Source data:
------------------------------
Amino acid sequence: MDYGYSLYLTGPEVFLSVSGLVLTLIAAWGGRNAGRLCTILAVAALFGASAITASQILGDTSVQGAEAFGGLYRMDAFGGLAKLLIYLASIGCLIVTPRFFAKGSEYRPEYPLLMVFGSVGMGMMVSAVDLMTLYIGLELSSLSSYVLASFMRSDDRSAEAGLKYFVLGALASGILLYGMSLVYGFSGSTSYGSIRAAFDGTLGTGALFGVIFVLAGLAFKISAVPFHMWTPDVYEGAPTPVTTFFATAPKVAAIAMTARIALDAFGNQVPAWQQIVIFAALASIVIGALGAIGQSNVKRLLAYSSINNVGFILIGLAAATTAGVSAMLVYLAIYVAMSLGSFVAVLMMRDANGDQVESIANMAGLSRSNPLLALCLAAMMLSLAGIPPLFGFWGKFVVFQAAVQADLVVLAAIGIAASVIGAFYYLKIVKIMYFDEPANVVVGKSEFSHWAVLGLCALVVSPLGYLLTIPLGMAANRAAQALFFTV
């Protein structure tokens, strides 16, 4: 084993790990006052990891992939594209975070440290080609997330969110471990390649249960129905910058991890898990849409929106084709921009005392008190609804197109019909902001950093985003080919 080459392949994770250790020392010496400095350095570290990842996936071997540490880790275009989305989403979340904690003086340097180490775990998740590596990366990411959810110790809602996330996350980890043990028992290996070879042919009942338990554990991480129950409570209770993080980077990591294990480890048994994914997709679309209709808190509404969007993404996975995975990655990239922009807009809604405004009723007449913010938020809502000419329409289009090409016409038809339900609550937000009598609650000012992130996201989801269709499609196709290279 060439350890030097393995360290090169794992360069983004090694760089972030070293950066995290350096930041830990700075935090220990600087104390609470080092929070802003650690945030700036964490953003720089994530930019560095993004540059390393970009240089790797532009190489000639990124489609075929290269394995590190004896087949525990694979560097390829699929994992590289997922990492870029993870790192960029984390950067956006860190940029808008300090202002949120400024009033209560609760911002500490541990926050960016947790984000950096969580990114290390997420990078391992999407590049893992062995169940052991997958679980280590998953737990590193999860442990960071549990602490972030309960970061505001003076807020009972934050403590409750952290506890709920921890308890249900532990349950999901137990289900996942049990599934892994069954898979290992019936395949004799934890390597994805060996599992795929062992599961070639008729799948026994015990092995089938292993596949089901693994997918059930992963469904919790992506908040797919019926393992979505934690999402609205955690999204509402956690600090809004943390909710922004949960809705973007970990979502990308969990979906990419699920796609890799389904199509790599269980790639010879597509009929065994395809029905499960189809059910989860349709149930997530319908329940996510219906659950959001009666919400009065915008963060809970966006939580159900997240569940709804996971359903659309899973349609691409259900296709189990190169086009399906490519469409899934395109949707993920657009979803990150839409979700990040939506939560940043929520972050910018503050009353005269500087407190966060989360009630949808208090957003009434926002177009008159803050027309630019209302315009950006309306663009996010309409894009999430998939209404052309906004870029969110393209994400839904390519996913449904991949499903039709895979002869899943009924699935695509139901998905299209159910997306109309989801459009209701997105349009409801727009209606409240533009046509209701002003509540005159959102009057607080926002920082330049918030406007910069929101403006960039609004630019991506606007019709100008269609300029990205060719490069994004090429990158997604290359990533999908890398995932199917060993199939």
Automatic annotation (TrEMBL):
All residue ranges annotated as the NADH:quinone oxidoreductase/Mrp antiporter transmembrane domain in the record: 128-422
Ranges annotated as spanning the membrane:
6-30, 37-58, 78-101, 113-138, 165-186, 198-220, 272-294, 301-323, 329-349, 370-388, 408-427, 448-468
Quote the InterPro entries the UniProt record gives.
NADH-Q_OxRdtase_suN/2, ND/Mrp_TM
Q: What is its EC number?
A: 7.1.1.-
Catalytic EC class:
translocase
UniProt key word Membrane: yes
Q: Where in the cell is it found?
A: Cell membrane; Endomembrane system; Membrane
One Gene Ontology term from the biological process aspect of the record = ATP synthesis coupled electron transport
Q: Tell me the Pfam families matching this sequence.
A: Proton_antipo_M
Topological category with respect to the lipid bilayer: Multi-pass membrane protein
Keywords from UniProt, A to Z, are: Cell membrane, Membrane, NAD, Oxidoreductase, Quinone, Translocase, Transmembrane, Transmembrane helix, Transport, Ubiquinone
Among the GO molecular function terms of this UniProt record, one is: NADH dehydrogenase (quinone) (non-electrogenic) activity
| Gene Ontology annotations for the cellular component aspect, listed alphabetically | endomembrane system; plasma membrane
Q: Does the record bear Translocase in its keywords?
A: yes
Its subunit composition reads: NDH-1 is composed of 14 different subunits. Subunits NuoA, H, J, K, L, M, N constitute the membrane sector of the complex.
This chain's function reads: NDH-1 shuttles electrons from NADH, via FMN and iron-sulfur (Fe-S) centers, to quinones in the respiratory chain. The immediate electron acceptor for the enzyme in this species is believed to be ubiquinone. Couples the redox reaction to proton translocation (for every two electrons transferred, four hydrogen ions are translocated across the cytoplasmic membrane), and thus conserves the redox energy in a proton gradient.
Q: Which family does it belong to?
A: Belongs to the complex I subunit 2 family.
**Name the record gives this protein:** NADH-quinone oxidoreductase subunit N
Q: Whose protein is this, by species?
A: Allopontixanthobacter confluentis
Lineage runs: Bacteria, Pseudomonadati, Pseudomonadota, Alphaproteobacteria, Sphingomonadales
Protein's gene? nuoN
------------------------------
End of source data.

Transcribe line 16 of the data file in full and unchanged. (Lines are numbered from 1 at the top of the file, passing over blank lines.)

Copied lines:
One Gene Ontology term from the biological process aspect of the record = ATP synthesis coupled electron transport